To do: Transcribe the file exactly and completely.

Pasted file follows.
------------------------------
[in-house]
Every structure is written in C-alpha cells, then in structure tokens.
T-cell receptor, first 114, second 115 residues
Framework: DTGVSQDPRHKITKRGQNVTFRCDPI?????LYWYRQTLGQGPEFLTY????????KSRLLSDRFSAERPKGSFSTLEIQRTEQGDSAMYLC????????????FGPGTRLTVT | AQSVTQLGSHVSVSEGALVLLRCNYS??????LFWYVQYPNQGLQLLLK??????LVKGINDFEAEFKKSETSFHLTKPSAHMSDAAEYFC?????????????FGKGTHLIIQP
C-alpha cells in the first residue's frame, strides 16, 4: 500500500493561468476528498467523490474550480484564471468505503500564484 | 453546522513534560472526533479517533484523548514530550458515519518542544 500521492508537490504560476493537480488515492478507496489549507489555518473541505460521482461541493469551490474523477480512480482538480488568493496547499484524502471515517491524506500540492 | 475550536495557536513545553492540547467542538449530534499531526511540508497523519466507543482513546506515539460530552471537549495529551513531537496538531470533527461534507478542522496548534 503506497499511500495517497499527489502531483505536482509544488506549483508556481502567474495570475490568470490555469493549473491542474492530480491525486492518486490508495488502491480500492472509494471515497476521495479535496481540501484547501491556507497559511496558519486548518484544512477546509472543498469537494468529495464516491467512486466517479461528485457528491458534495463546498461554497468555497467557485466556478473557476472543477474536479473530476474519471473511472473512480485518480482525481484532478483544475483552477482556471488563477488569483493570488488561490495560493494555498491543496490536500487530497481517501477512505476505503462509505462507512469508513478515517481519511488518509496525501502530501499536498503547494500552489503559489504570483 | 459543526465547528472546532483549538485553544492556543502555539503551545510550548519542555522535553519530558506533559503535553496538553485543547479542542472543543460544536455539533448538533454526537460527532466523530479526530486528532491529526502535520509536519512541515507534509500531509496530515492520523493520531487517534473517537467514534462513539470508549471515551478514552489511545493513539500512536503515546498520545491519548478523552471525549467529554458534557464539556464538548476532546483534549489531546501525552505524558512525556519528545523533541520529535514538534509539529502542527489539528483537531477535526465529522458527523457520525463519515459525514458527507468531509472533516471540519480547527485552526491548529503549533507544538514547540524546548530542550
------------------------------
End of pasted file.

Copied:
[in-house]
Every structure is written in C-alpha cells, then in structure tokens.
T-cell receptor, first 114, second 115 residues
Framework: DTGVSQDPRHKITKRGQNVTFRCDPI?????LYWYRQTLGQGPEFLTY????????KSRLLSDRFSAERPKGSFSTLEIQRTEQGDSAMYLC????????????FGPGTRLTVT | AQSVTQLGSHVSVSEGALVLLRCNYS??????LFWYVQYPNQGLQLLLK??????LVKGINDFEAEFKKSETSFHLTKPSAHMSDAAEYFC?????????????FGKGTHLIIQP
C-alpha cells in the first residue's frame, strides 16, 4: 500500500493561468476528498467523490474550480484564471468505503500564484 | 453546522513534560472526533479517533484523548514530550458515519518542544 500521492508537490504560476493537480488515492478507496489549507489555518473541505460521482461541493469551490474523477480512480482538480488568493496547499484524502471515517491524506500540492 | 475550536495557536513545553492540547467542538449530534499531526511540508497523519466507543482513546506515539460530552471537549495529551513531537496538531470533527461534507478542522496548534 503506497499511500495517497499527489502531483505536482509544488506549483508556481502567474495570475490568470490555469493549473491542474492530480491525486492518486490508495488502491480500492472509494471515497476521495479535496481540501484547501491556507497559511496558519486548518484544512477546509472543498469537494468529495464516491467512486466517479461528485457528491458534495463546498461554497468555497467557485466556478473557476472543477474536479473530476474519471473511472473512480485518480482525481484532478483544475483552477482556471488563477488569483493570488488561490495560493494555498491543496490536500487530497481517501477512505476505503462509505462507512469508513478515517481519511488518509496525501502530501499536498503547494500552489503559489504570483 | 459543526465547528472546532483549538485553544492556543502555539503551545510550548519542555522535553519530558506533559503535553496538553485543547479542542472543543460544536455539533448538533454526537460527532466523530479526530486528532491529526502535520509536519512541515507534509500531509496530515492520523493520531487517534473517537467514534462513539470508549471515551478514552489511545493513539500512536503515546498520545491519548478523552471525549467529554458534557464539556464538548476532546483534549489531546501525552505524558512525556519528545523533541520529535514538534509539529502542527489539528483537531477535526465529522458527523457520525463519515459525514458527507468531509472533516471540519480547527485552526491548529503549533507544538514547540524546548530542550